Xtreme Couture coach Eric Nicksick says Aljamain Sterling does not deserve the hate being hurled his way since his bantamweight title victory at UFC 259.

Sterling was crowned the new 135-pound champion at the UFC Apex after Petr Yan struck him with an illegal knee while he was a downed opponent. Visibly hurt, referee Mark Smith deemed Sterling unable to continue and, as a result, Yan was disqualified.

Since the fight, Sterling (20-3 MMA, 12-3 UFC) has been showered with criticism for the way things panned out. But Nicksick, who was in Sterling’s corner, explained that the situation took everyone by surprise.

“These things are out of his control, unfortunately,” Nicksick told MMA Junkie Radio. “He didn’t want it to end that way, either, and I’m certain he didn’t want all the backlash for being a victim of an illegal blow, so he didn’t do anything wrong. So (we’re) kinda just looking at the positives, I think, and we kinda rehashed the fight on the way (home). He didn’t really remember too much on the way to the hospital or in the ambulance, and then on the way home I feel like he remembered some of the stuff and then we went over some of the fight and then some of the details of the fight.”

He continued, “From my standpoint, I just wanted him to clear the hands and then I expected Yan to probably throw something like a rear elbow or something coming up. But when I looked at the whole fight, I kinda understood. Yan was probably expecting a re-shot out of Aljo once he elevated and got off his feet, maybe a re-shot and that’s probably why he attempted that knee there but just lost track of where Aljo was and it landed.”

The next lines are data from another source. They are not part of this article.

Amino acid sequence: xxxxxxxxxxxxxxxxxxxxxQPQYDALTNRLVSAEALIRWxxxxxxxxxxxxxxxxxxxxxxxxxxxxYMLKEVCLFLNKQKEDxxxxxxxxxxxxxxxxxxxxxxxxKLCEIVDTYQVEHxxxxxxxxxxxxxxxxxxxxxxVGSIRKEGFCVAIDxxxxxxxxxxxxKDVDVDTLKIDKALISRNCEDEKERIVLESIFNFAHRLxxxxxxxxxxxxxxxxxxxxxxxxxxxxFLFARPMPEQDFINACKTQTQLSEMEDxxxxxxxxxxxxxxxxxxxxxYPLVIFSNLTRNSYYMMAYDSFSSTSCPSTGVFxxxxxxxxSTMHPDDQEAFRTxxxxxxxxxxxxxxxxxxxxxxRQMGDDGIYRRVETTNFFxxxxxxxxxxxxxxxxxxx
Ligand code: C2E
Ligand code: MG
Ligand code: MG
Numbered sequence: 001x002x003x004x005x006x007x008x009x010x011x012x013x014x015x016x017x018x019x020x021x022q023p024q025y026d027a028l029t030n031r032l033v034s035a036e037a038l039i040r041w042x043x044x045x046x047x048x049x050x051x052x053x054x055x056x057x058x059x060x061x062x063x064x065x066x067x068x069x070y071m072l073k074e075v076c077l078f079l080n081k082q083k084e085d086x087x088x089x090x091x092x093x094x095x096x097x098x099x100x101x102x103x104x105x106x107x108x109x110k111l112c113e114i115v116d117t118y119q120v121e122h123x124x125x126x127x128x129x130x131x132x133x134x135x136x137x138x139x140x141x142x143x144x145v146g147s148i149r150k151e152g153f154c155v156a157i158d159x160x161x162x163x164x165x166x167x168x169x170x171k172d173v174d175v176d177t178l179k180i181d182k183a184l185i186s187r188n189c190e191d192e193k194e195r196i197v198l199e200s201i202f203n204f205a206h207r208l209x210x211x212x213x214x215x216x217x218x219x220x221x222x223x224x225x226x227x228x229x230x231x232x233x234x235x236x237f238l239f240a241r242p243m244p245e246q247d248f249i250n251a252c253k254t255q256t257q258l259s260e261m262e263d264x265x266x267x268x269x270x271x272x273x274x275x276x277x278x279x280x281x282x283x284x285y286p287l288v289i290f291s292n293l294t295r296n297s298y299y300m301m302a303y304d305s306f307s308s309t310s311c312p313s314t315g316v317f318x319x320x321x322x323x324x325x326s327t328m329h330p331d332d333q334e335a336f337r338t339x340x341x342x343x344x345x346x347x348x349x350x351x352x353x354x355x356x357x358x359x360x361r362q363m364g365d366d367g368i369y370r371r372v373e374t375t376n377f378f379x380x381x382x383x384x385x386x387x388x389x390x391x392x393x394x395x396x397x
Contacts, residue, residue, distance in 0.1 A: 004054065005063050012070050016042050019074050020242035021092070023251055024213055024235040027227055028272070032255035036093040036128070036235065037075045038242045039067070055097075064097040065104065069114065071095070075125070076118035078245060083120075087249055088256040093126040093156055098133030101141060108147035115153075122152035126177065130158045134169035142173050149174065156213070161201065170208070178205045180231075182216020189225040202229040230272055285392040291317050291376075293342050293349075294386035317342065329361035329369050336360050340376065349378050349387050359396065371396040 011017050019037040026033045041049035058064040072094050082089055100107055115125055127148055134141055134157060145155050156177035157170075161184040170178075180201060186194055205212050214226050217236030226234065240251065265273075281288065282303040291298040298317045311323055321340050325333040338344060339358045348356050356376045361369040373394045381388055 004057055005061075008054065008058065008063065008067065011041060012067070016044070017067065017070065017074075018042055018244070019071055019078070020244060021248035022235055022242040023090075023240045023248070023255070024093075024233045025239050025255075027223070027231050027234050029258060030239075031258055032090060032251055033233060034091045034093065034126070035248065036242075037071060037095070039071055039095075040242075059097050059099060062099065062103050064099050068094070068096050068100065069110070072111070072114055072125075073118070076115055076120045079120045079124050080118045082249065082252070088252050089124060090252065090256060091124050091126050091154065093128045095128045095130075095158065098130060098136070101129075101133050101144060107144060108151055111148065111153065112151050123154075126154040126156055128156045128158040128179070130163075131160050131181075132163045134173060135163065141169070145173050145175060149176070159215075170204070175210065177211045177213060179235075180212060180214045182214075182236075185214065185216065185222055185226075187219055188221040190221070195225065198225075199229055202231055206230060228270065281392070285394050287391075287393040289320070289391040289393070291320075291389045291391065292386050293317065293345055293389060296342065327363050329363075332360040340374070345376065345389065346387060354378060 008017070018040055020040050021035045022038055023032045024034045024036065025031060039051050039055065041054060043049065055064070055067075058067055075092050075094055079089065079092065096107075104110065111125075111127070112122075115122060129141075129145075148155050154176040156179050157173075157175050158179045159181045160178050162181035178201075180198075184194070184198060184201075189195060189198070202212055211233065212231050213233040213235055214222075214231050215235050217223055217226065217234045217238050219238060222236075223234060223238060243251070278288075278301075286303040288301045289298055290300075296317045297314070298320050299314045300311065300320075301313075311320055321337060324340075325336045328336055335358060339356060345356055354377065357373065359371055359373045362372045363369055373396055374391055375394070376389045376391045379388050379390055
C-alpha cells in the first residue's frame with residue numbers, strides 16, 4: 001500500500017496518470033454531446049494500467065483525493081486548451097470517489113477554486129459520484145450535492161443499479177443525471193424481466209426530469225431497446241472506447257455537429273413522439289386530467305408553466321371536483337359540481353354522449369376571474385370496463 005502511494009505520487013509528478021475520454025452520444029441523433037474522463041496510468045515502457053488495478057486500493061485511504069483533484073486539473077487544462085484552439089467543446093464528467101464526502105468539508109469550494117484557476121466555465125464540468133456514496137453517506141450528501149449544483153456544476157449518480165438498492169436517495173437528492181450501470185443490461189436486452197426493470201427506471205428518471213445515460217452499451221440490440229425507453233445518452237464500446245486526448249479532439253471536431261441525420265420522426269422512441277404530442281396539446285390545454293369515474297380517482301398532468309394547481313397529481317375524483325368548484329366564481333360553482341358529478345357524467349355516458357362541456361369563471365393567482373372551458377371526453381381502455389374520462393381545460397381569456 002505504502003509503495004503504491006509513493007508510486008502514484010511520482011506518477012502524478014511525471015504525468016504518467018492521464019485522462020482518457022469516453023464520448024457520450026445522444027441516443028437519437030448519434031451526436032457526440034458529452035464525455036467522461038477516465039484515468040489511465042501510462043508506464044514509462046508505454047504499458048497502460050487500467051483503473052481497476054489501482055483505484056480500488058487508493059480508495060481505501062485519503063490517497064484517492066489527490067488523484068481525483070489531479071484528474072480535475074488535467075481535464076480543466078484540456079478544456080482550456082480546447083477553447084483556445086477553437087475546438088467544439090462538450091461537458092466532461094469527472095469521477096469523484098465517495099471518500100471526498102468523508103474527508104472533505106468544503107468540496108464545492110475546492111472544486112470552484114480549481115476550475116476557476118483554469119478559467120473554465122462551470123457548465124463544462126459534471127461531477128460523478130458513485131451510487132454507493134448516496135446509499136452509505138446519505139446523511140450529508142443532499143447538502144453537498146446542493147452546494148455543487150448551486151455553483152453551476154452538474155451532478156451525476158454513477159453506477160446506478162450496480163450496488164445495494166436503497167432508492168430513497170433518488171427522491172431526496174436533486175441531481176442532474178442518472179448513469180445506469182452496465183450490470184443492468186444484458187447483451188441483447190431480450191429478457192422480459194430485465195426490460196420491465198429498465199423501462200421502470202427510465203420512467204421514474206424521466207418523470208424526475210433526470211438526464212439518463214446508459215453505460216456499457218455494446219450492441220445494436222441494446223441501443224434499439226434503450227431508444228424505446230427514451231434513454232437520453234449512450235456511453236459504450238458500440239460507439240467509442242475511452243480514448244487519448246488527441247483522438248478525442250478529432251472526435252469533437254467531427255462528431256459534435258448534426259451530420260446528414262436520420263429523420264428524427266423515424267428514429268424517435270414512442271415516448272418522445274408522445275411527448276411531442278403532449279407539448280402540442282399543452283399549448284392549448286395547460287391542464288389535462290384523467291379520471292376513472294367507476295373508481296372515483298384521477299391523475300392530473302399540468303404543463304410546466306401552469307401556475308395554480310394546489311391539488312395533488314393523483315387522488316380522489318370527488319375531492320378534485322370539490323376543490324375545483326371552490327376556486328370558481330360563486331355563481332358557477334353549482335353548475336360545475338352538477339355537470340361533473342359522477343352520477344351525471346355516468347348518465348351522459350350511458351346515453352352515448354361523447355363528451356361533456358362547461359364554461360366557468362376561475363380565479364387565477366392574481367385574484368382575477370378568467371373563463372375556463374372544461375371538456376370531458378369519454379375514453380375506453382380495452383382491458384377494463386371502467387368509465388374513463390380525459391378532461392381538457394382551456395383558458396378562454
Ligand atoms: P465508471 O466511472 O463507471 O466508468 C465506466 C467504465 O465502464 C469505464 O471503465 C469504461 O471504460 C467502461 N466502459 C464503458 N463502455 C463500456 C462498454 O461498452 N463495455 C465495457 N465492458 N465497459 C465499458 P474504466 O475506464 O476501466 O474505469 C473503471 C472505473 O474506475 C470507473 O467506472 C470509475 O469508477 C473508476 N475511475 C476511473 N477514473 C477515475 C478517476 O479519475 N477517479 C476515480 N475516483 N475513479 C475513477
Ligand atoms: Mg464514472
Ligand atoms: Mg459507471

Nicksick says that, while he was surprised that Yan threw the knee, he doesn’t think it was done out of spite. He had nothing but praise for Yan’s performance and was especially impressed by the Russian’s takedown defense.

“I don’t think Yan was this malicious, ‘I’m gonna hurt this guy the wrong way,’” he said. “Unfortunately he just threw the strike at the wrong position, and I heard Mark Smith say he’s grounded, and then, right as he said it, he threw the knee. I was like, ‘Dude! What the hell was that?!’ My immediate reaction was, ‘That’s a DQ,’ or, ‘Let’s get a point,’ or, ‘Let’s get this figured out,’ and then it just kinda started to drag on from that point on.”

He continued, “His takedown defense was on point, but also Aljo’s entries weren’t that great either in that fight. To defend 16 out of the 17 takedowns is pretty freaking impressive, I don’t care who you, are so definitely that and his cardio hung with him. I thought he did a good job. I know Aljo put the pace on him in Round 1, and I think that championship experience out of him really showed. He understood how to pace himself for a five-round fight and I think that’s a big learning curve for anybody. Getting in that five-rounder and how you pace yourself so that’s something I thought he did really well, as well.”

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